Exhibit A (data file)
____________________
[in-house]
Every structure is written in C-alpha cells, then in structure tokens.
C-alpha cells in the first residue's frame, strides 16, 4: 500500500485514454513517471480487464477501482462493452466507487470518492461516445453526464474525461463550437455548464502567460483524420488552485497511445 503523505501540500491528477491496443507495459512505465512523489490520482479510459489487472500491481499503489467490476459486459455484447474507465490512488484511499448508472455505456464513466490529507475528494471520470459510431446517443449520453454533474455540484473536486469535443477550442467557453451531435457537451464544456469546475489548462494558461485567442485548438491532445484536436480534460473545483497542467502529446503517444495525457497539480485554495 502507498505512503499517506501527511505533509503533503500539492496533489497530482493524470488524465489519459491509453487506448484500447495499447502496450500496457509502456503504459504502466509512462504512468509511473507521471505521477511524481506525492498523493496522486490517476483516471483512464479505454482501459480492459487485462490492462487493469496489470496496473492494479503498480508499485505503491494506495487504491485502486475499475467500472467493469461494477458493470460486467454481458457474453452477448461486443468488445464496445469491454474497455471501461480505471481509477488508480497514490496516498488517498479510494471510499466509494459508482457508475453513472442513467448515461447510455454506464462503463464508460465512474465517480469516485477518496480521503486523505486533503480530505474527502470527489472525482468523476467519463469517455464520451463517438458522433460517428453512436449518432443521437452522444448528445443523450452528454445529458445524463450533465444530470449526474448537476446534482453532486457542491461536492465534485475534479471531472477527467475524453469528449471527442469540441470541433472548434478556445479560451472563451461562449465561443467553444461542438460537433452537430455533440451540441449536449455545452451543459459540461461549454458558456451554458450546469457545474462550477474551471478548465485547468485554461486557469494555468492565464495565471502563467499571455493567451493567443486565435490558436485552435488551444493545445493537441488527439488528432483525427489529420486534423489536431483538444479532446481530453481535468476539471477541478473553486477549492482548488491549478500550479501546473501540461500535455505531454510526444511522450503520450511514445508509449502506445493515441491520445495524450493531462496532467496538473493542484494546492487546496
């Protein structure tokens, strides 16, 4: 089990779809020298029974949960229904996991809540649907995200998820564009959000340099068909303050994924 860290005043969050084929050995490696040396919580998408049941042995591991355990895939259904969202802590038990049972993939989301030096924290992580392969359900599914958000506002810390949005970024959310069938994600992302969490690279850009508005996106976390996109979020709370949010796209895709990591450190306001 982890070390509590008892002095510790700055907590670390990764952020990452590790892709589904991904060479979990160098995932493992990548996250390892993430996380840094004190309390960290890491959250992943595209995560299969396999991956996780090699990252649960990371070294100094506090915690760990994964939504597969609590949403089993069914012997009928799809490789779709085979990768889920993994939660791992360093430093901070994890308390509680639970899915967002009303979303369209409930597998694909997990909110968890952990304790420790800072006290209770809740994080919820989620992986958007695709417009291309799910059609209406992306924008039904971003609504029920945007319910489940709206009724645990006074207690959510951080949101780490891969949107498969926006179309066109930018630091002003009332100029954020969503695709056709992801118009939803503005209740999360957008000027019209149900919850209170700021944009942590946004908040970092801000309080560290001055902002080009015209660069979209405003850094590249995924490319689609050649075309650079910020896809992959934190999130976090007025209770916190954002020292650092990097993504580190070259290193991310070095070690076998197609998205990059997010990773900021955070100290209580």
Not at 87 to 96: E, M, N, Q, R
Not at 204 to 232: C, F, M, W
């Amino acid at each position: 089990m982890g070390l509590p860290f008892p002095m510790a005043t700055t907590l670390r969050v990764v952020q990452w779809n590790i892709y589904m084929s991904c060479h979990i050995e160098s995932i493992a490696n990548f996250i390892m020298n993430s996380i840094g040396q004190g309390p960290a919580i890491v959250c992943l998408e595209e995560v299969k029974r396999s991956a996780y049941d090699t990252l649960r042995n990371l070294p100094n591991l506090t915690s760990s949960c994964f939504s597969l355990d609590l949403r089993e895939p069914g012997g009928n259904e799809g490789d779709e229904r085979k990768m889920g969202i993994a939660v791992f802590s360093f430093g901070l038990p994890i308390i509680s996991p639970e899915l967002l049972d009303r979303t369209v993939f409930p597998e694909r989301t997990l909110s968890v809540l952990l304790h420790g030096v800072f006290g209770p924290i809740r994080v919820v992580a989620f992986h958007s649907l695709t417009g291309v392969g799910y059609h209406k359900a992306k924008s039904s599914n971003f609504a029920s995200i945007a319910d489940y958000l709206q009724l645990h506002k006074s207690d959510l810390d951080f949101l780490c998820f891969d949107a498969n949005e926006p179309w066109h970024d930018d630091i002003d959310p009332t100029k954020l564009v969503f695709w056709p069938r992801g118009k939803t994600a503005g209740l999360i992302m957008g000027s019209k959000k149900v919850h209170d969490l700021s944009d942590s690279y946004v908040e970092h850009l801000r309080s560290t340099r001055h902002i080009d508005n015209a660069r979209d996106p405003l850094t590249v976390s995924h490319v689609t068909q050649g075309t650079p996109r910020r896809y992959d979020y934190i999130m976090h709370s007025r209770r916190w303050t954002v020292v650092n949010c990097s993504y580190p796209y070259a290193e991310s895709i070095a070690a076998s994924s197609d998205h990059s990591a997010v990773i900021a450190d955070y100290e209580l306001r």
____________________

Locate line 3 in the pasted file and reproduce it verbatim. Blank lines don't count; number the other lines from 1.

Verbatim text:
C-alpha cells in the first residue's frame, strides 16, 4: 500500500485514454513517471480487464477501482462493452466507487470518492461516445453526464474525461463550437455548464502567460483524420488552485497511445 503523505501540500491528477491496443507495459512505465512523489490520482479510459489487472500491481499503489467490476459486459455484447474507465490512488484511499448508472455505456464513466490529507475528494471520470459510431446517443449520453454533474455540484473536486469535443477550442467557453451531435457537451464544456469546475489548462494558461485567442485548438491532445484536436480534460473545483497542467502529446503517444495525457497539480485554495 502507498505512503499517506501527511505533509503533503500539492496533489497530482493524470488524465489519459491509453487506448484500447495499447502496450500496457509502456503504459504502466509512462504512468509511473507521471505521477511524481506525492498523493496522486490517476483516471483512464479505454482501459480492459487485462490492462487493469496489470496496473492494479503498480508499485505503491494506495487504491485502486475499475467500472467493469461494477458493470460486467454481458457474453452477448461486443468488445464496445469491454474497455471501461480505471481509477488508480497514490496516498488517498479510494471510499466509494459508482457508475453513472442513467448515461447510455454506464462503463464508460465512474465517480469516485477518496480521503486523505486533503480530505474527502470527489472525482468523476467519463469517455464520451463517438458522433460517428453512436449518432443521437452522444448528445443523450452528454445529458445524463450533465444530470449526474448537476446534482453532486457542491461536492465534485475534479471531472477527467475524453469528449471527442469540441470541433472548434478556445479560451472563451461562449465561443467553444461542438460537433452537430455533440451540441449536449455545452451543459459540461461549454458558456451554458450546469457545474462550477474551471478548465485547468485554461486557469494555468492565464495565471502563467499571455493567451493567443486565435490558436485552435488551444493545445493537441488527439488528432483525427489529420486534423489536431483538444479532446481530453481535468476539471477541478473553486477549492482548488491549478500550479501546473501540461500535455505531454510526444511522450503520450511514445508509449502506445493515441491520445495524450493531462496532467496538473493542484494546492487546496